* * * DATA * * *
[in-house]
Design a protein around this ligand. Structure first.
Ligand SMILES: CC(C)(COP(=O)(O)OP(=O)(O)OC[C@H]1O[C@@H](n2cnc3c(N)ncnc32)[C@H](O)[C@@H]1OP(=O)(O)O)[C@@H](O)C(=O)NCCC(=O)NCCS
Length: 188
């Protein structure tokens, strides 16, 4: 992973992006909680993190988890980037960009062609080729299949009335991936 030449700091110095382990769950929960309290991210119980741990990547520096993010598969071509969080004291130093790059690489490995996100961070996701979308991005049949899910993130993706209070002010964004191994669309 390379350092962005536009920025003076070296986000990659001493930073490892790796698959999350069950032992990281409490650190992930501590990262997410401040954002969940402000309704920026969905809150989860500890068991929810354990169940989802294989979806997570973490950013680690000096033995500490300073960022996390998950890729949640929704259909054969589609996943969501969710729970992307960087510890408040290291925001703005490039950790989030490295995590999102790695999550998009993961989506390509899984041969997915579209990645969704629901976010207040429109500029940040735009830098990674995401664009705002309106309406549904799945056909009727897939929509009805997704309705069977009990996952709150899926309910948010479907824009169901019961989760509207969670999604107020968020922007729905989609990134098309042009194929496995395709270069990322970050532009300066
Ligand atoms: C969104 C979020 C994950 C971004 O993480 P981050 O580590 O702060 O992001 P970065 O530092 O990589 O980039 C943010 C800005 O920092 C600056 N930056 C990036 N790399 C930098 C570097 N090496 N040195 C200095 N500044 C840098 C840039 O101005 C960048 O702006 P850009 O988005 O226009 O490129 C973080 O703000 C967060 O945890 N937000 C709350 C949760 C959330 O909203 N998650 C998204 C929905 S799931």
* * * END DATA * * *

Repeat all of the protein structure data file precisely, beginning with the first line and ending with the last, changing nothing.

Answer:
[in-house]
Design a protein around this ligand. Structure first.
Ligand SMILES: CC(C)(COP(=O)(O)OP(=O)(O)OC[C@H]1O[C@@H](n2cnc3c(N)ncnc32)[C@H](O)[C@@H]1OP(=O)(O)O)[C@@H](O)C(=O)NCCC(=O)NCCS
Length: 188
């Protein structure tokens, strides 16, 4: 992973992006909680993190988890980037960009062609080729299949009335991936 030449700091110095382990769950929960309290991210119980741990990547520096993010598969071509969080004291130093790059690489490995996100961070996701979308991005049949899910993130993706209070002010964004191994669309 390379350092962005536009920025003076070296986000990659001493930073490892790796698959999350069950032992990281409490650190992930501590990262997410401040954002969940402000309704920026969905809150989860500890068991929810354990169940989802294989979806997570973490950013680690000096033995500490300073960022996390998950890729949640929704259909054969589609996943969501969710729970992307960087510890408040290291925001703005490039950790989030490295995590999102790695999550998009993961989506390509899984041969997915579209990645969704629901976010207040429109500029940040735009830098990674995401664009705002309106309406549904799945056909009727897939929509009805997704309705069977009990996952709150899926309910948010479907824009169901019961989760509207969670999604107020968020922007729905989609990134098309042009194929496995395709270069990322970050532009300066
Ligand atoms: C969104 C979020 C994950 C971004 O993480 P981050 O580590 O702060 O992001 P970065 O530092 O990589 O980039 C943010 C800005 O920092 C600056 N930056 C990036 N790399 C930098 C570097 N090496 N040195 C200095 N500044 C840098 C840039 O101005 C960048 O702006 P850009 O988005 O226009 O490129 C973080 O703000 C967060 O945890 N937000 C709350 C949760 C959330 O909203 N998650 C998204 C929905 S799931």